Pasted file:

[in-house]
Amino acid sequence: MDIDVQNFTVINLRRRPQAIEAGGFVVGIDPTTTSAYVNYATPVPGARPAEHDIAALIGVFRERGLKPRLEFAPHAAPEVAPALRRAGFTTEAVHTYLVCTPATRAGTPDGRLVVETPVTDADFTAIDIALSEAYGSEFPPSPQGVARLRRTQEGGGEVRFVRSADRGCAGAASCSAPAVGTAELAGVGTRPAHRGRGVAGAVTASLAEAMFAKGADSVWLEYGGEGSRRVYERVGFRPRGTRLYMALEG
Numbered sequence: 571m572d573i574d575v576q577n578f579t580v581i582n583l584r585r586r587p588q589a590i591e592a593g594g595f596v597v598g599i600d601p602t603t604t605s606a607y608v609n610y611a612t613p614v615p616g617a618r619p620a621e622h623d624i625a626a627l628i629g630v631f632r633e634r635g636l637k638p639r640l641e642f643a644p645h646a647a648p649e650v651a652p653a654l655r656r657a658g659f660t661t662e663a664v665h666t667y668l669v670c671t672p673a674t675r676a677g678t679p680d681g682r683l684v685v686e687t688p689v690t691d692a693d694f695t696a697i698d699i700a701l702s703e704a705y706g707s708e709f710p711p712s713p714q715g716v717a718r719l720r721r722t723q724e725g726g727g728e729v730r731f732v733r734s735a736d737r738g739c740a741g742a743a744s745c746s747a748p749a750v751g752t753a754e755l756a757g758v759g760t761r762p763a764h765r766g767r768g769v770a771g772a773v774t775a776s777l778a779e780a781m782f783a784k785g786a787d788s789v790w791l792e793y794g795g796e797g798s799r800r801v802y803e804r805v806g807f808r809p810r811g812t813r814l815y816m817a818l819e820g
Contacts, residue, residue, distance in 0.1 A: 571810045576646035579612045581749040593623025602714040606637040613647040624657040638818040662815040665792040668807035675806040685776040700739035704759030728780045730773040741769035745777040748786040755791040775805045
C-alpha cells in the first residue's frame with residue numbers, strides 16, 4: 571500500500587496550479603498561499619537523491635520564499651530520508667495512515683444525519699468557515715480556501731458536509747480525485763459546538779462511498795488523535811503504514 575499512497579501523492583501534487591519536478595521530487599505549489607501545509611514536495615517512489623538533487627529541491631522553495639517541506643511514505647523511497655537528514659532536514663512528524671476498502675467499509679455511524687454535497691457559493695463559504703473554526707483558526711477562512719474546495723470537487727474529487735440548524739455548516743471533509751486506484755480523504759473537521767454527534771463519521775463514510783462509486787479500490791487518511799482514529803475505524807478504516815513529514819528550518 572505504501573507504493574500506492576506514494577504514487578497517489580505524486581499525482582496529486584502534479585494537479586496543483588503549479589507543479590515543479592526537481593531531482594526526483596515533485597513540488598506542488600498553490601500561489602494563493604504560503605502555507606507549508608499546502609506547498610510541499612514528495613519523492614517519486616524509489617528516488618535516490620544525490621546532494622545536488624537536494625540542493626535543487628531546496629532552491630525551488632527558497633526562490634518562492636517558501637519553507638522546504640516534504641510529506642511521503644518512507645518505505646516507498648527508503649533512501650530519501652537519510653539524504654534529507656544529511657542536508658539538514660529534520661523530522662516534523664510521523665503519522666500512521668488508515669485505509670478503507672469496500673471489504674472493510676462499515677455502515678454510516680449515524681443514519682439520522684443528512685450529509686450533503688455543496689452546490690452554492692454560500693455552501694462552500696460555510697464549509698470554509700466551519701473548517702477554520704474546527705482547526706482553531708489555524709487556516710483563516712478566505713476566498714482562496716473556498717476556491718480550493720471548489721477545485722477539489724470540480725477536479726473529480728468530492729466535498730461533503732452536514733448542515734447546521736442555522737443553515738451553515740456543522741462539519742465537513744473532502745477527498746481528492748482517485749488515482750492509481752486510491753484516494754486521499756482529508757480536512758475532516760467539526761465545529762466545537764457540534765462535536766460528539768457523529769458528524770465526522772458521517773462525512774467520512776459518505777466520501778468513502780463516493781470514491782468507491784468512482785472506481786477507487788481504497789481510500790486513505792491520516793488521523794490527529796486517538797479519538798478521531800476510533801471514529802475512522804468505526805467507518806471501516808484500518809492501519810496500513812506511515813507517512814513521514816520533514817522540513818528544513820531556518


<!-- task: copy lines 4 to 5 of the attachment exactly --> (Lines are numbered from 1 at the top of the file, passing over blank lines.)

Contacts, residue, residue, distance in 0.1 A: 571810045576646035579612045581749040593623025602714040606637040613647040624657040638818040662815040665792040668807035675806040685776040700739035704759030728780045730773040741769035745777040748786040755791040775805045
C-alpha cells in the first residue's frame with residue numbers, strides 16, 4: 571500500500587496550479603498561499619537523491635520564499651530520508667495512515683444525519699468557515715480556501731458536509747480525485763459546538779462511498795488523535811503504514 575499512497579501523492583501534487591519536478595521530487599505549489607501545509611514536495615517512489623538533487627529541491631522553495639517541506643511514505647523511497655537528514659532536514663512528524671476498502675467499509679455511524687454535497691457559493695463559504703473554526707483558526711477562512719474546495723470537487727474529487735440548524739455548516743471533509751486506484755480523504759473537521767454527534771463519521775463514510783462509486787479500490791487518511799482514529803475505524807478504516815513529514819528550518 572505504501573507504493574500506492576506514494577504514487578497517489580505524486581499525482582496529486584502534479585494537479586496543483588503549479589507543479590515543479592526537481593531531482594526526483596515533485597513540488598506542488600498553490601500561489602494563493604504560503605502555507606507549508608499546502609506547498610510541499612514528495613519523492614517519486616524509489617528516488618535516490620544525490621546532494622545536488624537536494625540542493626535543487628531546496629532552491630525551488632527558497633526562490634518562492636517558501637519553507638522546504640516534504641510529506642511521503644518512507645518505505646516507498648527508503649533512501650530519501652537519510653539524504654534529507656544529511657542536508658539538514660529534520661523530522662516534523664510521523665503519522666500512521668488508515669485505509670478503507672469496500673471489504674472493510676462499515677455502515678454510516680449515524681443514519682439520522684443528512685450529509686450533503688455543496689452546490690452554492692454560500693455552501694462552500696460555510697464549509698470554509700466551519701473548517702477554520704474546527705482547526706482553531708489555524709487556516710483563516712478566505713476566498714482562496716473556498717476556491718480550493720471548489721477545485722477539489724470540480725477536479726473529480728468530492729466535498730461533503732452536514733448542515734447546521736442555522737443553515738451553515740456543522741462539519742465537513744473532502745477527498746481528492748482517485749488515482750492509481752486510491753484516494754486521499756482529508757480536512758475532516760467539526761465545529762466545537764457540534765462535536766460528539768457523529769458528524770465526522772458521517773462525512774467520512776459518505777466520501778468513502780463516493781470514491782468507491784468512482785472506481786477507487788481504497789481510500790486513505792491520516793488521523794490527529796486517538797479519538798478521531800476510533801471514529802475512522804468505526805467507518806471501516808484500518809492501519810496500513812506511515813507517512814513521514816520533514817522540513818528544513820531556518